School faces £1m storm repair bill

There is internal damage too
There is internal damage too
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STORM damage that resulted in a major roof collapse at a school for children with special needs will cost almost £1 million to repair.

Up to 60 per cent of the roof at Kaimes Special School was ripped off during the storms earlier this month, causing severe internal damage to the building and the playground.

The council now faces a repair bill of around £950,000.

A total of 54 secondary pupils have had to be moved into a temporary school – the former Fort Primary in Leith – while work to repair the damage is carried out.

This work is expected to take until Easter to complete, with the senior pupils remaining at the temporary school – dubbed Fort Kaimes – until then.

Despite the extent of the damage to the Gracemount school, headteacher Kath Togneri said the situation could have been a lot worse as the majority of the equipment and resources were saved by the council workers who were first on the scene following the roof collapse on January 3.

They removed teaching materials, books, furniture and interactive white boards from classrooms and stored them in a part of the building that was still covered.

Ms Togneri received a call during the Christmas holidays to tell her about the damage, with the caller saying there had been “a wee bit of damage to the roof”.

She said: “The roof collapsed during the holidays so luckily there was no-one around.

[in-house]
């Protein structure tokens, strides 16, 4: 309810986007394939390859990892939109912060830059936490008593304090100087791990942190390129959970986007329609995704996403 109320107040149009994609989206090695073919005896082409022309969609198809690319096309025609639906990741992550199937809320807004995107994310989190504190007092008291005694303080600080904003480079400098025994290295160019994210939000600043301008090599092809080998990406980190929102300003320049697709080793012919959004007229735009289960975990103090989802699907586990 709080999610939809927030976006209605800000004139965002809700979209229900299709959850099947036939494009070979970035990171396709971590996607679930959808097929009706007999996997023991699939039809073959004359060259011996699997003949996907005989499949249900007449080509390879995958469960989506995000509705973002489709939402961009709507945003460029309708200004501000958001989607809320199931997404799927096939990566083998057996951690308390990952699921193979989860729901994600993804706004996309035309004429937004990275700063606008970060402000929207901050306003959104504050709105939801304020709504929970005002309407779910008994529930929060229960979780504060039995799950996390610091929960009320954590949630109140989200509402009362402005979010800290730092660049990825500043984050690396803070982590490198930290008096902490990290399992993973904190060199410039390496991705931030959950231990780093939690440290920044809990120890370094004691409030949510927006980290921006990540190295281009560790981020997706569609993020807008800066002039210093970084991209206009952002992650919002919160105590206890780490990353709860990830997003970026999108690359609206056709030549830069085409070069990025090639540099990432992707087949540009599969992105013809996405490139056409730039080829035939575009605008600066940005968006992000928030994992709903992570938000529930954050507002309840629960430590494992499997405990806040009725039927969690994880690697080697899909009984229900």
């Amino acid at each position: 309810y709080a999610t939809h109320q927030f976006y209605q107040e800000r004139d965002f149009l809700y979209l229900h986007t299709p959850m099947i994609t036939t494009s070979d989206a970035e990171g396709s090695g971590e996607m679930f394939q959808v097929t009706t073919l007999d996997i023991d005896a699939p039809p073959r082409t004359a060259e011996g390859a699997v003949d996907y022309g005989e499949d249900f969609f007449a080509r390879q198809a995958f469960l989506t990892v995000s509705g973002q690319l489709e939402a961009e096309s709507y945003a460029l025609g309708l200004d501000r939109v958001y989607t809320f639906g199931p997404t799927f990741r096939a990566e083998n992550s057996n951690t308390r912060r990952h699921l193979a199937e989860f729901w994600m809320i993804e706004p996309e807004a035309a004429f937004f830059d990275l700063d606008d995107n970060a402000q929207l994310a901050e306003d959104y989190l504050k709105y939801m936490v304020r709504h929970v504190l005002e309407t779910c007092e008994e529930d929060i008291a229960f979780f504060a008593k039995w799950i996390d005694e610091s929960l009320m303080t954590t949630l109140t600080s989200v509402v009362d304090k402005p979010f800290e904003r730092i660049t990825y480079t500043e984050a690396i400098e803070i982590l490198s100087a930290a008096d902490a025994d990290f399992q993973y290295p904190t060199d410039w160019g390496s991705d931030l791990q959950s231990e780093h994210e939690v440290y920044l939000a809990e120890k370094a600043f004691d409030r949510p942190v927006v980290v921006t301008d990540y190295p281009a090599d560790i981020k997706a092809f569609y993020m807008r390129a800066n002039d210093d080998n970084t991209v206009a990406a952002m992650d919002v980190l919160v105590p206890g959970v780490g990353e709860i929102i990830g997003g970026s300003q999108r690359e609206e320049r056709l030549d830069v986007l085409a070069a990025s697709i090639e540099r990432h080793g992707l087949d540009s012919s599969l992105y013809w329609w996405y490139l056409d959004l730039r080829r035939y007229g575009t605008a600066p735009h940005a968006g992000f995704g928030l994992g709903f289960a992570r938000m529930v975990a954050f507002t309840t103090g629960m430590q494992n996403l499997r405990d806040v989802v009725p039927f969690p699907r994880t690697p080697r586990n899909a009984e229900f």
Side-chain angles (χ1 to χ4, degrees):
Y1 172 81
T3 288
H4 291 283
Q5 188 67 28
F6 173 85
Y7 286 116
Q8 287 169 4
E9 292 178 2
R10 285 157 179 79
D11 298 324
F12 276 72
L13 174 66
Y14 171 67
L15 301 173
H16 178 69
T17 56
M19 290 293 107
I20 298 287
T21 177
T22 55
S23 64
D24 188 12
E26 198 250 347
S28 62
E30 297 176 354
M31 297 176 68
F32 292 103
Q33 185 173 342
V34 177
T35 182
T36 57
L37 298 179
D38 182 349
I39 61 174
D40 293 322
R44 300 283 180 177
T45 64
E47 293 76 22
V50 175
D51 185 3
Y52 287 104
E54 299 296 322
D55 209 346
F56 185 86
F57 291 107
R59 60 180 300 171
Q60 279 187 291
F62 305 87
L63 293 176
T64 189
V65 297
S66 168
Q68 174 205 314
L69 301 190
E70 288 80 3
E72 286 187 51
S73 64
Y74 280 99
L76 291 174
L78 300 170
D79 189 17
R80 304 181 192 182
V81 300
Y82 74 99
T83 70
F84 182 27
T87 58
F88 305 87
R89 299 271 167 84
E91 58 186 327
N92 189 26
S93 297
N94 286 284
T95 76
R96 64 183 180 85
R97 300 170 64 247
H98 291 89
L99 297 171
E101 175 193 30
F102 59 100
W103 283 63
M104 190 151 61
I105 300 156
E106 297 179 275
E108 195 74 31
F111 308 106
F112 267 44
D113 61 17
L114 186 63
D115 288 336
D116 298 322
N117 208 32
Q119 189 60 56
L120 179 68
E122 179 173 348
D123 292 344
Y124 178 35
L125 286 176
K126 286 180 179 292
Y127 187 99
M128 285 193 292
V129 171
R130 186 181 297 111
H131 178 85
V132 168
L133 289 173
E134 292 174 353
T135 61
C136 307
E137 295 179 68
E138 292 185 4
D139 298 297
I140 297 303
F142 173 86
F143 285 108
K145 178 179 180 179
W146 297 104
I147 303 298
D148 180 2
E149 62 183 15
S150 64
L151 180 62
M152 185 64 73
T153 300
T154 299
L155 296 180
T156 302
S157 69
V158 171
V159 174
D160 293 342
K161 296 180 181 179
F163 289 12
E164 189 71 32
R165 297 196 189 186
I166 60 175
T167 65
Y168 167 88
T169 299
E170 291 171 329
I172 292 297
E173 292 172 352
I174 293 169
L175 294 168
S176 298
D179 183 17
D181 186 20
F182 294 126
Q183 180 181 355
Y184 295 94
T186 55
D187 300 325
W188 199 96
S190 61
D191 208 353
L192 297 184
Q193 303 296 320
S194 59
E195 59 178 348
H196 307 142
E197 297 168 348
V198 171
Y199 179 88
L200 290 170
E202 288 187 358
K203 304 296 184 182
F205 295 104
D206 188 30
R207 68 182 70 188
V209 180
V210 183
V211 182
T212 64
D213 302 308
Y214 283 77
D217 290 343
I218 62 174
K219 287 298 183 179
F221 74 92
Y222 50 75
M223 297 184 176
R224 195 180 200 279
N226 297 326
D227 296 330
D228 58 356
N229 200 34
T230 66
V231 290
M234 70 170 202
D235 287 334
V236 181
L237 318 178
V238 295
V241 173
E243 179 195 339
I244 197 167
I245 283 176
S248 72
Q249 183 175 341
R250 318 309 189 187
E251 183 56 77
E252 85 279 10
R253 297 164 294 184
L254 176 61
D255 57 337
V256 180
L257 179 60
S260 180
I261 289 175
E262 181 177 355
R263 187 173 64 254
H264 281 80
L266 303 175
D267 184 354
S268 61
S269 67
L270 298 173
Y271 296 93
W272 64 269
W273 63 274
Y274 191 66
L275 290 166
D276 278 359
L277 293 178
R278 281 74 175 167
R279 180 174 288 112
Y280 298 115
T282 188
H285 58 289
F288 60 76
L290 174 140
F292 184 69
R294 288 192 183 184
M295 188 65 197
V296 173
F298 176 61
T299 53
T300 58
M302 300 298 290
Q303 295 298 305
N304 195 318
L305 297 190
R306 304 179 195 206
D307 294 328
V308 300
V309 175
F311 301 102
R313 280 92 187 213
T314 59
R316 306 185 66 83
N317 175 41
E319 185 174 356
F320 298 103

“The first people on the site saw the damage that was being done and moved everything so we haven’t lost as much as we anticipated.

“There were nine classes and the library and the guys moved all of the library so that the books and furniture were saved.

“Almost all of the teachers’ materials have been saved.

“The guys that came in also took the interactive white boards off the walls, which has saved thousands of pounds.

“When I went into the building it was soaking wet so they must have got to it just in time.

“We have lost some things, though, like soft furniture, which has been ruined, and the contents of cupboards.

“Also, the roof fell on a climbing wall and wobbly bridge in the playground.”

She added: “It was quite sad to wander round that building and see it empty. We have said the school will reopen at Easter, but it depends on how long it takes to fix the roof.”

Kaimes School provides primary and secondary education for 96 pupils with additional support needs, most of whom have autism, which is why it was so important that a lot of the materials were saved.

Ms Togneri said: “The people who saved the things probably didn’t even realise the impact it would have.”